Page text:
Role ModelsBy Bob Rhubart
Great minds and big ideas shape architectural decisions.
The decisions that IT architects make are informed by a variety of factors and influences, including an up-to-date knowledge of available technologies, a thorough understanding of how best to apply those technologies to solve the problem at hand, and the input of project stakeholders. These factors are common to every IT architect—or at least they should be. But what other, perhaps less tangible factors come into play? For instance, does the benevolent specter of a role model ever hover just over the shoulders of IT architects as they work toward a solution? How does that role model shape the individual architect? I asked several architects to tell me about their role models.
Randy Stafford, a member of Oracle’s Server Technologies A-Team (that’s A for Architecture), divides his role models into two groups. “The first are seers and teachers, architecturally literary people with a rare gift for perceiving the essence of a relevant topic and having the dedication and skill to clearly convey it in published works for the benefit of the profession,” he says. For Stafford, that list of luminaries includes object-oriented programming expert Martin Fowler, engineering and space pioneer Eberhardt Rechtin, author and object-oriented programming consultant Rebecca Wirfs-Brock, and several others. “Their contributions to the literature of the software profession have given me, and many other software architects, a body of insight on which to base our daily practice and to develop and communicate new learnings in a hopefully perpetual process,” Stafford says.
Eric Stephens, a director of enterprise architecture at Oracle, mentions enterprise architecture pioneer John Zachman as one of his role models. “Zachman really expanded my thinking of architecture and emphasized the need to engineer the enterprise, like one might engineer an aircraft or ship,” Stephens says. Stephens also cites Leonardo da Vinci and Steve Jobs as role models. “Both of these gentlemen leveraged their artistic and creative energy to conceptualize—and in Job’s case, implement—great works of artful engineering,” Stephens says.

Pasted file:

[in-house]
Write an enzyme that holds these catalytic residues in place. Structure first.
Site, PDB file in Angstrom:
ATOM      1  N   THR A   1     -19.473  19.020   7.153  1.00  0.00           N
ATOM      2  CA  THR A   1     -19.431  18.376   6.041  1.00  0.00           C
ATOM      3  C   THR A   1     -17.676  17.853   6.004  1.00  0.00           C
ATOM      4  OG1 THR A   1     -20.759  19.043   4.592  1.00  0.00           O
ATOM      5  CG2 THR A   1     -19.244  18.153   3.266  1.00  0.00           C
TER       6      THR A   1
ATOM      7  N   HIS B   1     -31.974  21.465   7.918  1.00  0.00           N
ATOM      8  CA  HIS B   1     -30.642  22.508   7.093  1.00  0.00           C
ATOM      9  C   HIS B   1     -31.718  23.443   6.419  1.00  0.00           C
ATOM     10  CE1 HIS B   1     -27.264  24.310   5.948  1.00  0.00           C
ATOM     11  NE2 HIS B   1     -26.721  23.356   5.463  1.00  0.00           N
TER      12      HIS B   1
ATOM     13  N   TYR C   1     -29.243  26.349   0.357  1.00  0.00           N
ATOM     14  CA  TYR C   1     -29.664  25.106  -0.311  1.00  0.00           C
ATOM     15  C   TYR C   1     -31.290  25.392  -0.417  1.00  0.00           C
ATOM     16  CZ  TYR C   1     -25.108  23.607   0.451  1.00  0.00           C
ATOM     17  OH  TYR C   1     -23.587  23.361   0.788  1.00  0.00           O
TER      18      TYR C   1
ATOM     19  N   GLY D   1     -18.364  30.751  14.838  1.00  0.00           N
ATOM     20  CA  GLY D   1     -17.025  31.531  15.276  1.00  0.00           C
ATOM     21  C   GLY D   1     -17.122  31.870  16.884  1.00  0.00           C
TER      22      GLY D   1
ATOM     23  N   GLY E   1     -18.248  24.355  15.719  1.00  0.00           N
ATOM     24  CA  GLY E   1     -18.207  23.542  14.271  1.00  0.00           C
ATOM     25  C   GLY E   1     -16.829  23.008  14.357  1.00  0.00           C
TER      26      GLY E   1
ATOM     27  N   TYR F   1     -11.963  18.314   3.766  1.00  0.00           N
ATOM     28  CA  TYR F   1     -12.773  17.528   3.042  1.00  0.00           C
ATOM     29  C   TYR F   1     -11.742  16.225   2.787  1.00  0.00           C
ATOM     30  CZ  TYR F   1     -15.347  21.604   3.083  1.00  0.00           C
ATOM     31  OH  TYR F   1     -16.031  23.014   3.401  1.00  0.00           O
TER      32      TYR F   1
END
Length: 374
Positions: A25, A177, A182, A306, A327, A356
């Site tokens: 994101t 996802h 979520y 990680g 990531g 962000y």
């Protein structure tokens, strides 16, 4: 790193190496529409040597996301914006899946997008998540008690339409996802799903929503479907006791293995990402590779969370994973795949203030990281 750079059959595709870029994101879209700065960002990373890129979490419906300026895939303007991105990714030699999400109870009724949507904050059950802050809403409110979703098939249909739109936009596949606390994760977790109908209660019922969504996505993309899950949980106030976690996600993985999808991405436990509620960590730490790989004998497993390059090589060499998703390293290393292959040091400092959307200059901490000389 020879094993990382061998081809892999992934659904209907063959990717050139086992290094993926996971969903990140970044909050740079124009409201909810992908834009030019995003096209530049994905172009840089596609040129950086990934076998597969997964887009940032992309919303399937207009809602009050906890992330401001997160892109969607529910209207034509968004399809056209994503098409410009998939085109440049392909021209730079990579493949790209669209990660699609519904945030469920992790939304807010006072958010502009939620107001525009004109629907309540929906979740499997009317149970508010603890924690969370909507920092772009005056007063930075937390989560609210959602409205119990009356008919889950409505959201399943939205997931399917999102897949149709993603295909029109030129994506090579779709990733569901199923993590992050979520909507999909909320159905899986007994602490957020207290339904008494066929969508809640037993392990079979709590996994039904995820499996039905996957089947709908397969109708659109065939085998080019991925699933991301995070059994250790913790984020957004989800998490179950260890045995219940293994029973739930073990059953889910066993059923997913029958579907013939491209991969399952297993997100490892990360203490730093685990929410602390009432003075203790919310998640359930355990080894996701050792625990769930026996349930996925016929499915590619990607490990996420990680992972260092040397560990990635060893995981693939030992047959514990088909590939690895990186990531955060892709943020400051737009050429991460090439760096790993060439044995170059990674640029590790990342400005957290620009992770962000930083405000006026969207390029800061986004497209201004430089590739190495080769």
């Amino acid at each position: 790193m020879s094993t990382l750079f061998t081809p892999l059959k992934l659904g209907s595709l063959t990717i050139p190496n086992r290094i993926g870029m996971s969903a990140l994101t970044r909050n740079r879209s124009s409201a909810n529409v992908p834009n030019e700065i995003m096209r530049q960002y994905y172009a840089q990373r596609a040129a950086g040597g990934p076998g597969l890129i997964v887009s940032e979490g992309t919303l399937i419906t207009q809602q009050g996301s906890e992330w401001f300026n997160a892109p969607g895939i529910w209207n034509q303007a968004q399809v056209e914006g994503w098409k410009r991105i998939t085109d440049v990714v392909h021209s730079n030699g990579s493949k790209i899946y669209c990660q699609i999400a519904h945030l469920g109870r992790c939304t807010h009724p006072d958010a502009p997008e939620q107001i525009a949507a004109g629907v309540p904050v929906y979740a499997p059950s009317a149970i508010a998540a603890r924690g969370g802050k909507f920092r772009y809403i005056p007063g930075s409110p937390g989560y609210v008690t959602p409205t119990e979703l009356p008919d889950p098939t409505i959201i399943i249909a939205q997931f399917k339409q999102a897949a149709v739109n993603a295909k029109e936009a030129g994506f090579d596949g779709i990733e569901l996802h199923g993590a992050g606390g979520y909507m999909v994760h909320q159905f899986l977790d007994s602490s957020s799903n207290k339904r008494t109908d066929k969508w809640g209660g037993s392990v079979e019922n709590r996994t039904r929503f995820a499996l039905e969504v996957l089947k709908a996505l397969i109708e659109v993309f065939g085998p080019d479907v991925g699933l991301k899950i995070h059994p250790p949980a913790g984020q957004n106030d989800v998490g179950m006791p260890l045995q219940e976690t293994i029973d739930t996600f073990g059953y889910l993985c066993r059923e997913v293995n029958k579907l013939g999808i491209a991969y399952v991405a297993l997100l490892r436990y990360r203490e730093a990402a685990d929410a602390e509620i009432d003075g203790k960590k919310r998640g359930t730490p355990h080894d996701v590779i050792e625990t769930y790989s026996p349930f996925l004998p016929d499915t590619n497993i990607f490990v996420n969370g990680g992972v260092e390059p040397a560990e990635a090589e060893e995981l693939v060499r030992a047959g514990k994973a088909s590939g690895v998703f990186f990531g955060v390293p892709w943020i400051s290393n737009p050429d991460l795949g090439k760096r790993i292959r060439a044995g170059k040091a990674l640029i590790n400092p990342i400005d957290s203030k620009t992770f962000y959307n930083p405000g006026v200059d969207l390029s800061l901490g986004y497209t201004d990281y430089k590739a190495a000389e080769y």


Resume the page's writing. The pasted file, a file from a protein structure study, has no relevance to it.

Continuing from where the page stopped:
There is also an Apple Inc. connection in Oracle Enterprise Architect Pat Shepherd’s choice for role model: venture capitalist and former Apple evangelist Guy Kawasaki. “He has a unique way of breaking a problem down into simple terms,” says Shepherd. Shepherd points out that although the term architect doesn’t appear in Kawasaki’s bio, “he has always been at that intersection of business value, vision, and technology.” Shepherd believes that Kawasaki’s book Rules for Revolutionaries (HarperBusiness, 2000) belongs on every enterprise architect’s bookshelf, “right next to the TOGAF [the Open Group Architecture Framework] manual.”
Dr. Karina Ishkhanova, technical lead for payment systems architecture and design at School-Day Solutions, credits science fiction writer Isaac Asimov as having a profound influence on her career. “When I was 10 years old, I read his short story “Profession,” and it stuck with me for the years to come,” Ishkhanova says. “He inspired me to be different—first to dream and then to build upon that dream.” Ishkhanova finds similarities between system architecture and Asimov’s futuristic fiction. “On a daily basis, system architects, armed with logic and vision, build a new reality,” she says, adding that she looks to Asimov’s work for inspiration. “When I start a new project, I try to find an edge that will make it unique and innovative, something that will allow others to grow further and extend.”
When you start a project, what benevolent specter is hovering over your shoulder? Whose thoughts influence your decisions? How are those thoughts shaping you as an architect?
Bob Rhubart (email@example.com) is manager of the architect community on Oracle Technology Network, the host of the Oracle Technology Network ArchBeat podcast series, and the author of the ArchBeat blog.
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